Jim O’Neill takes on the Scottish Government on the economic madness of independence given the latest trade figures, and the budget choices they have made which are leading inexorably to inevitable results.
Last blog, I tried to say something nice, without criticism, about this SNP government. I waited for a response from the usual suspects. And I waited and I waited, until I began to believe that if they couldn’t say anything bad about what I wrote, they, to paraphrase Thumper in Disney’s Bambi, would say nothing at all.
Foolish me. If they could not directly criticise what I said, after some time they resorted to post-truth nationalism. This is where either fake news is created, like Trump, or direct nonsense is spewed to try to deflect the reader from the subject.
I note that the same bunch have now also turned to my good friend, Alastair Osborne, strangely comparing him with me. I have news for Mike and others. As a former Minister, who weekly had to write sermons for believers and unbelievers, Alastair is much more erudite than me, and much more likely to forgive his detractors. So, I return to my regular themes
When the Supreme Court ruled that the British Government did not have to consult Holyrood on Article 50, Nicola Sturgeon and failed Education Minister Mike Russell ratcheted up the politics of grievance. They had argued that the Sewell Convention and the Scotland Act required their involvement. They seemingly did not notice that the Scotland Act reserved all European matters to Westminster, and their education failed them in believing that a convention is a requirement. Sadly, it is called a convention quite specifically because it is not a requirement. So, it was no surprise to anyone who understood the law in these matters that the court resisted their views 11 – 0, the Bon Accord defeat of legal history.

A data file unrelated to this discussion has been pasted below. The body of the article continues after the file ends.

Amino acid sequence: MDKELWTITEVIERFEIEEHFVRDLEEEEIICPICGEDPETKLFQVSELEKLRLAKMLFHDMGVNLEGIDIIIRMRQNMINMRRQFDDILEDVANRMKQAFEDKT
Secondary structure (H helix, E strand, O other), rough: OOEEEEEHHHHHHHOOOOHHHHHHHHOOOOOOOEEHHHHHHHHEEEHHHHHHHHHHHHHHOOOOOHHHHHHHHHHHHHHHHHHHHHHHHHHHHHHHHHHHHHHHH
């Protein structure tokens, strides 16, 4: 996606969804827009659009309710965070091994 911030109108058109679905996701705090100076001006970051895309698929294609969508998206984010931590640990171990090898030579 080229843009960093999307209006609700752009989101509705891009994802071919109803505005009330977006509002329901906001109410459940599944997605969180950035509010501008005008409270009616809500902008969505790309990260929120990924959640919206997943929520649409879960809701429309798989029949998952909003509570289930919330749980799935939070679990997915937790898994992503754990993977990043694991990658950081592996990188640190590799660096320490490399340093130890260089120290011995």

As a matter of interest, London has a bigger population that Scotland, has its own Assembly, has more MPs than Scotland and voted remain by a bigger margin than Scotland. Does her logic mean that the London Assembly should be consulted separately as well, but that all those areas that voted no should not be? What a ridiculous situation. But that is standard in the SNPs obsession with independence.
New trade figures show how ridiculous their position even more starkly. The Scottish Government’s own figures show that our trade with rUK is now £49.8bn per annum, while our trade with rEU is £12.5bn. So trade with England, Wales and Northern Ireland is 4 times that with the EU. Yet Nicola and her cohorts want to pull out of the UK free trade area, giving up all that free trade, but want to stay in a vastly smaller one. I do not believe how economically stupid that sounds. Maybe she should convene her group of economic advisers, or maybe she should listen to the enormously respected Fraser of Allander Institute on this. What we don’t need right now is an exodus of all our producing industries as a result of the uncertainty which, at worst case, could leave us out of both!
So, Derek Mackay lost the initial vote on his budget on Wednesday. Now he has eight days either to swallow his pride and do a deal with Labour, the Greens or the LibDems to save his budget or to go down, all guns blazing, into history as the first Finance Minister at Holyrood to lose his budget. Nicola’s comments at FMQs did not give any inclination of concession but does she really want to fight Brexit, the local government elections and a Scottish Parliamentary election at the same time? Scotland waits with bated breath.
And finally, a new report suggests that children’s health in Scotland is among the worst in Europe. This is after 10 years of SNP control of health in Scotland. This is nothing to do with the austerity imposed by Westminster. It is entirely to do with the choices and competence of the Holyrood government. And now they want to limit the bus pass, which has done more for undermining elderly isolation than any other single policy. It’s choices, people. Choices!